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Arizona sportsbooks fall just short of $500 million handle in February

4 May 2022

(PRESS RELEASE) -- The Super Bowl helped Arizona sportsbooks generate nearly $500 million in wagers in February, but that wasn’t enough to stave off Arizona’s first month-over-month decline in sports betting. The modest downtick is typical among legal U.S. sports betting markets during what was a short month with just one football game, according to, which tracks Arizona’s sports betting market.

“Arizona is following a similar pattern to more mature markets,” said Eric Ramsey, analyst for the Network, which includes “As big a single event as the Super Bowl is, it can’t match a month like January that had five full weekends of football games. U.S. sports betting has predictable seasonal ebbs and flows that generally follow the football season, with a one-month exception in March because of the NCAA Tournament.”

Bettors poured $491.7 million in wagers into Arizona’s online and retail sportsbooks in February, a 13% dip from the record $563.7 million in wagers sportsbooks collected in January, according to official data released Tuesday by the Arizona Department of Gaming. Bettors placed an average of $17.6 million in wagers per day over the 28 days of February, down from $18.2 million per day in January. Still, February’s handle marked the third-highest monthly volume since Arizona sports betting launched in September.

Sportsbooks won $25.6 million in gross revenue from March’s bets, down 39% from $41.9 million in January. With $17.6 million in promotional deductions, the state taxed $6.9 million in adjusted receipts. That yielded $670,686 in privilege fees for the state.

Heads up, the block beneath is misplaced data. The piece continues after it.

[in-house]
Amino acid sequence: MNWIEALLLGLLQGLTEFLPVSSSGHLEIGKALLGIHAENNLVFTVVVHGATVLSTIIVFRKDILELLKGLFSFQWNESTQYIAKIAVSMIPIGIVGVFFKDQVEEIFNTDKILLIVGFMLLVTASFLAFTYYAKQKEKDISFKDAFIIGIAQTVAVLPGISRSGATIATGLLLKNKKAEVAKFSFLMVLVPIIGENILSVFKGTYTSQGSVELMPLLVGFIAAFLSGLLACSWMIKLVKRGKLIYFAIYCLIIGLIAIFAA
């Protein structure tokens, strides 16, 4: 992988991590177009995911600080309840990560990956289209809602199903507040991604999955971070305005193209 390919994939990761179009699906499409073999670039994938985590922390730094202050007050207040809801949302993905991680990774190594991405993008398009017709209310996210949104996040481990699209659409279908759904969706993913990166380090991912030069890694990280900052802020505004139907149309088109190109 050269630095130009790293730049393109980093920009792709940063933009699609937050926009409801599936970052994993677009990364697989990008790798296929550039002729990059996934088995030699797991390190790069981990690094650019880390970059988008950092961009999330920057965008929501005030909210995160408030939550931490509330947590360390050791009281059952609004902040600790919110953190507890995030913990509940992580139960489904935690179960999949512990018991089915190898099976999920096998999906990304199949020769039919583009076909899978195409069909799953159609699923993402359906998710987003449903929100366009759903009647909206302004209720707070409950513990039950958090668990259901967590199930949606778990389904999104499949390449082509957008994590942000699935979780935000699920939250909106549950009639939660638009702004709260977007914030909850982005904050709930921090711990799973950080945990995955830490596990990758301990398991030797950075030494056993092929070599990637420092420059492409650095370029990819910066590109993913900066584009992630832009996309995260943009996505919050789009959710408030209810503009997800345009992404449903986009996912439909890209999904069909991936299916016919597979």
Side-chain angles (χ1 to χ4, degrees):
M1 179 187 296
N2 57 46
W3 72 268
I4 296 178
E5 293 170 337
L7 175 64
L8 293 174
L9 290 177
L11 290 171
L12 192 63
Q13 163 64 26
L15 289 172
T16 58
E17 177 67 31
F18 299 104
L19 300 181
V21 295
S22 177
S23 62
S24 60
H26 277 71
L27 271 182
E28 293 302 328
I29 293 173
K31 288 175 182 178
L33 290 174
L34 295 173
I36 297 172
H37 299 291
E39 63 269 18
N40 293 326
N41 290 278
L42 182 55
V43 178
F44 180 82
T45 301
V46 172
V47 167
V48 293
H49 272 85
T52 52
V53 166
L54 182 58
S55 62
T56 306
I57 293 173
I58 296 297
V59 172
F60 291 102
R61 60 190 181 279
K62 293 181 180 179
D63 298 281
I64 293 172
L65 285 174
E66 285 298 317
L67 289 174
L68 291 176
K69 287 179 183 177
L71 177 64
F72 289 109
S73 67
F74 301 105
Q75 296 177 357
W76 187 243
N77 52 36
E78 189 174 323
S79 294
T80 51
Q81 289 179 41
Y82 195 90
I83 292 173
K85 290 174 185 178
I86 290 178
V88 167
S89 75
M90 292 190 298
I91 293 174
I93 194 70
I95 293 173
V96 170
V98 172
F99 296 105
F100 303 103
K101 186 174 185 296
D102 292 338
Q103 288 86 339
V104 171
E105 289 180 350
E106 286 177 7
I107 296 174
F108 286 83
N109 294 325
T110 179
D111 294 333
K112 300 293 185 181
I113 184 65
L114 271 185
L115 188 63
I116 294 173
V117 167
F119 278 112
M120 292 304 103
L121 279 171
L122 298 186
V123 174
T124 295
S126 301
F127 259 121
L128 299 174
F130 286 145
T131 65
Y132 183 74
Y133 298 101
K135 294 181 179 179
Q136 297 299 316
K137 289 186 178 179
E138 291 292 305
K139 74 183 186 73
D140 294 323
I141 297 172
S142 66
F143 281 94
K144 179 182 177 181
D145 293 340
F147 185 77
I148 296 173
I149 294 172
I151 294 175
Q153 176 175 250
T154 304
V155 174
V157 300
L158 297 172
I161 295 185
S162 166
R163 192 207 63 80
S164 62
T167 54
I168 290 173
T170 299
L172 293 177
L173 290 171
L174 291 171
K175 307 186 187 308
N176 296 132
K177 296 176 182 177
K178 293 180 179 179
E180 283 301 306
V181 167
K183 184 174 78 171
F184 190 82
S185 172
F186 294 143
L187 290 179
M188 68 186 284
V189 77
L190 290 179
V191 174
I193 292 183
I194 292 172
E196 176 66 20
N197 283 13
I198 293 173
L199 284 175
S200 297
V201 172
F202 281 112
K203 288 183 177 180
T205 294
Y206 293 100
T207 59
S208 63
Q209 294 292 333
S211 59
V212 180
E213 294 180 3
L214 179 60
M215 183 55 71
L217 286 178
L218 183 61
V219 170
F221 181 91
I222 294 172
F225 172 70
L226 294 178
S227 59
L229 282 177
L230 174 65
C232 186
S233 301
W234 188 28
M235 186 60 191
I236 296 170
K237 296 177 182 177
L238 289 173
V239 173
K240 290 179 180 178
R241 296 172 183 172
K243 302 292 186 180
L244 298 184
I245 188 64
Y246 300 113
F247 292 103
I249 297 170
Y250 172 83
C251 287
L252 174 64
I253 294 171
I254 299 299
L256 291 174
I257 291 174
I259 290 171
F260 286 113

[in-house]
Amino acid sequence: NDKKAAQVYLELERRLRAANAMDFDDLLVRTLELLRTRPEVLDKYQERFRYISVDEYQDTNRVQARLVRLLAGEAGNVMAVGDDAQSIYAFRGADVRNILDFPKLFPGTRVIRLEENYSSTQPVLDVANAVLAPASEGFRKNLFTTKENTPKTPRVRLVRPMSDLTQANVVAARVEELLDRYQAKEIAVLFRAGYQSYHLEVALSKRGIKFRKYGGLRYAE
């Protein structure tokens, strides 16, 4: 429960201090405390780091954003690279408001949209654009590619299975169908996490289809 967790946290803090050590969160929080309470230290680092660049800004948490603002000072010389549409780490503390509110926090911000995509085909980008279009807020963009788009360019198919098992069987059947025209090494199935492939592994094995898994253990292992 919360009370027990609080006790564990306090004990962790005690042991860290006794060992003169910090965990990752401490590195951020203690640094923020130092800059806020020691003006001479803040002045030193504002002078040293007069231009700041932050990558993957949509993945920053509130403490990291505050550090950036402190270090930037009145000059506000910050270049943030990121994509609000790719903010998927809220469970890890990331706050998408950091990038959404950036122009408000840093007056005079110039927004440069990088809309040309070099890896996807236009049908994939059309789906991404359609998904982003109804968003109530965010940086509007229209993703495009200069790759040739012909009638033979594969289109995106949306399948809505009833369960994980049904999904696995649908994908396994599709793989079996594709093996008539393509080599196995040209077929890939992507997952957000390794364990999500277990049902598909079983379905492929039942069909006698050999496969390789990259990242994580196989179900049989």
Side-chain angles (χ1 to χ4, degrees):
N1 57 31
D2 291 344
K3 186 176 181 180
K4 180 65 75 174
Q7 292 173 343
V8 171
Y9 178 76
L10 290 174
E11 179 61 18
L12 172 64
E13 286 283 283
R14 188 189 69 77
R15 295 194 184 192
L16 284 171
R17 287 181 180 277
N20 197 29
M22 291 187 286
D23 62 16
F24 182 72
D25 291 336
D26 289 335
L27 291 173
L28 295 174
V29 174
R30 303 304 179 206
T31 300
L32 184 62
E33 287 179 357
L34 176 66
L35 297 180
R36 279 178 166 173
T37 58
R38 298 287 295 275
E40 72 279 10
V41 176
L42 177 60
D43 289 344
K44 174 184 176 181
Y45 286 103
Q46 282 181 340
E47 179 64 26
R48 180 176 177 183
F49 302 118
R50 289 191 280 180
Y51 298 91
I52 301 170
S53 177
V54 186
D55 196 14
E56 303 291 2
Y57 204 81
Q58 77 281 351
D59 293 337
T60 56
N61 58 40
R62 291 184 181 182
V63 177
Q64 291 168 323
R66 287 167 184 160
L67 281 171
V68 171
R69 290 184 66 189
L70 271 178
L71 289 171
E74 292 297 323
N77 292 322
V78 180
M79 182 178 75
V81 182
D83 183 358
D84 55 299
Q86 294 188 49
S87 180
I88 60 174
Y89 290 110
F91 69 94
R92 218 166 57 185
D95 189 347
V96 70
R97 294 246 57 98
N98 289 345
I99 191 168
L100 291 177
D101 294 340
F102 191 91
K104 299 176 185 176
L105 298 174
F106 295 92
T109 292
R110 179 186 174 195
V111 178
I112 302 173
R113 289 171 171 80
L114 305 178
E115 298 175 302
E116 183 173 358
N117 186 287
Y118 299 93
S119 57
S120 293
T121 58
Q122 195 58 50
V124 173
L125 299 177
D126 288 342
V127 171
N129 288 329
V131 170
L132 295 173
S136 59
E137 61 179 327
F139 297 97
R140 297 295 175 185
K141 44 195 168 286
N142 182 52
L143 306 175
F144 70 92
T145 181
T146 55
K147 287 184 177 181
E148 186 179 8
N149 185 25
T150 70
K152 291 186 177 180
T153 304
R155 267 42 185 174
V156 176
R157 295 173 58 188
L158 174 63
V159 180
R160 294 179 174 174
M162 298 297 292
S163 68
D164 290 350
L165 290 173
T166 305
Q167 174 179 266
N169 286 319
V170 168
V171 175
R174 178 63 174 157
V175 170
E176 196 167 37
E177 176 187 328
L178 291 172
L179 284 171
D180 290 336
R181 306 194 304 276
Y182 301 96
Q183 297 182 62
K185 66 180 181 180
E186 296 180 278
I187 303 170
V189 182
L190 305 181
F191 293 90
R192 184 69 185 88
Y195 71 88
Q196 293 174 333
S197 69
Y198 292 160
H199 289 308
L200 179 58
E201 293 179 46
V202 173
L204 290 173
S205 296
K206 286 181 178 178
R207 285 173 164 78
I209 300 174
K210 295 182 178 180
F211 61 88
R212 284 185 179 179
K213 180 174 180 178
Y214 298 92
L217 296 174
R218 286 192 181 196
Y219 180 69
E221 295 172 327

Through the first six months of sports betting, Arizona’s sportsbooks have produced:

$2.8 billion in online and retail wagers
$228.6 million in gross revenue
$8.6 million in privilege fees for the state.

“The first six months have been pretty extraordinary. If it wasn’t for New York, Arizona would be off to the fastest start in U.S. sports betting history,” said C.J. Pierre, lead analyst for “As the industry begins its seasonal dip, which typically begins in April, operators can take heart in knowing that the market has taken a giant leap forward.”

Online sportsbooks accounted for $488.3 million, or 99.3% of the statewide handle in February. Retail sportsbooks generated $3.4 million in bets.

FanDuel held off rival DraftKings in February with $142.4 million in online wagers, the majority of the $149.8 million FanDuel’s retail and online books generated over the month. That produced just $2.5 million in gross revenue, though. DraftKings was the state’s No. 2 with $131.7 million in wagers, all of which came online. Those bets yielded a market-best $10.1 million in gross revenue.

BetMGM ($99.8 million in wagering, all online; $8.8 million in gross revenue) and Caesars ($79.0 million in wagering, including $78.4 million online; $2.5 million in gross revenue) most closely trailed the state’s leaders.

The Super Bowl was obviously the largest draw for sportsbooks in February, and wagering for the game seemingly met expectations. The Super Bowl’s importance to sportsbooks goes beyond the revenue generated. It is also viewed by the industry as a prime opportunity to reach new customers, typically bringing significantly higher promotional spending than any other game of the year.

“The Super Bowl is a key part of operators’ long-term strategies to expand their reach,” Pierre said. “Even if the game itself was mildly profitable, it can mean a big win down the road for sportsbooks that successfully utilize the game to attract new customers. That dynamic takes on an added importance when a market is just a few months old and every operator is still clawing for a larger share.”
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